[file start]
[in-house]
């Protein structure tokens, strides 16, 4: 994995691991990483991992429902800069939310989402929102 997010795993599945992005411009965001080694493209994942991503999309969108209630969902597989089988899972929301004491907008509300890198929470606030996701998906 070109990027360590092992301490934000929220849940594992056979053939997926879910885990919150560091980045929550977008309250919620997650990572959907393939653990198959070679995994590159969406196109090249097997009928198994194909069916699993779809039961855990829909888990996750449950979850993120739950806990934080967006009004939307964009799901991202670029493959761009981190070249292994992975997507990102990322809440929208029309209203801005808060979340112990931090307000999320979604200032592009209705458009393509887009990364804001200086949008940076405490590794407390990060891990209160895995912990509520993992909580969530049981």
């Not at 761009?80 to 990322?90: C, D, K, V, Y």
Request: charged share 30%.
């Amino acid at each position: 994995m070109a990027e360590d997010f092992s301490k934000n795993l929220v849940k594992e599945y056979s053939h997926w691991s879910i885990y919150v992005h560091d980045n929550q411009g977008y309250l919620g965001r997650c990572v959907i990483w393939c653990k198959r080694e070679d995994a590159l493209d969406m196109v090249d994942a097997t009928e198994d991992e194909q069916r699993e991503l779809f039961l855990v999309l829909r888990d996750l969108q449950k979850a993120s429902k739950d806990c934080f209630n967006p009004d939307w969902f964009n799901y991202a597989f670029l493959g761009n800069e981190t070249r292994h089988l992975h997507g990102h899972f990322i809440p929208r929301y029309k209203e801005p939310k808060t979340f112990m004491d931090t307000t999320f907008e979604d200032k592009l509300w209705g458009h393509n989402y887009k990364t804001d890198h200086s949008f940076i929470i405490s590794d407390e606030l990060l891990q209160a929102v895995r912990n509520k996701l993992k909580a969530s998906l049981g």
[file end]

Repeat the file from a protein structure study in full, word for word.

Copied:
[in-house]
């Protein structure tokens, strides 16, 4: 994995691991990483991992429902800069939310989402929102 997010795993599945992005411009965001080694493209994942991503999309969108209630969902597989089988899972929301004491907008509300890198929470606030996701998906 070109990027360590092992301490934000929220849940594992056979053939997926879910885990919150560091980045929550977008309250919620997650990572959907393939653990198959070679995994590159969406196109090249097997009928198994194909069916699993779809039961855990829909888990996750449950979850993120739950806990934080967006009004939307964009799901991202670029493959761009981190070249292994992975997507990102990322809440929208029309209203801005808060979340112990931090307000999320979604200032592009209705458009393509887009990364804001200086949008940076405490590794407390990060891990209160895995912990509520993992909580969530049981």
């Not at 761009?80 to 990322?90: C, D, K, V, Y």
Request: charged share 30%.
């Amino acid at each position: 994995m070109a990027e360590d997010f092992s301490k934000n795993l929220v849940k594992e599945y056979s053939h997926w691991s879910i885990y919150v992005h560091d980045n929550q411009g977008y309250l919620g965001r997650c990572v959907i990483w393939c653990k198959r080694e070679d995994a590159l493209d969406m196109v090249d994942a097997t009928e198994d991992e194909q069916r699993e991503l779809f039961l855990v999309l829909r888990d996750l969108q449950k979850a993120s429902k739950d806990c934080f209630n967006p009004d939307w969902f964009n799901y991202a597989f670029l493959g761009n800069e981190t070249r292994h089988l992975h997507g990102h899972f990322i809440p929208r929301y029309k209203e801005p939310k808060t979340f112990m004491d931090t307000t999320f907008e979604d200032k592009l509300w209705g458009h393509n989402y887009k990364t804001d890198h200086s949008f940076i929470i405490s590794d407390e606030l990060l891990q209160a929102v895995r912990n509520k996701l993992k909580a969530s998906l049981g």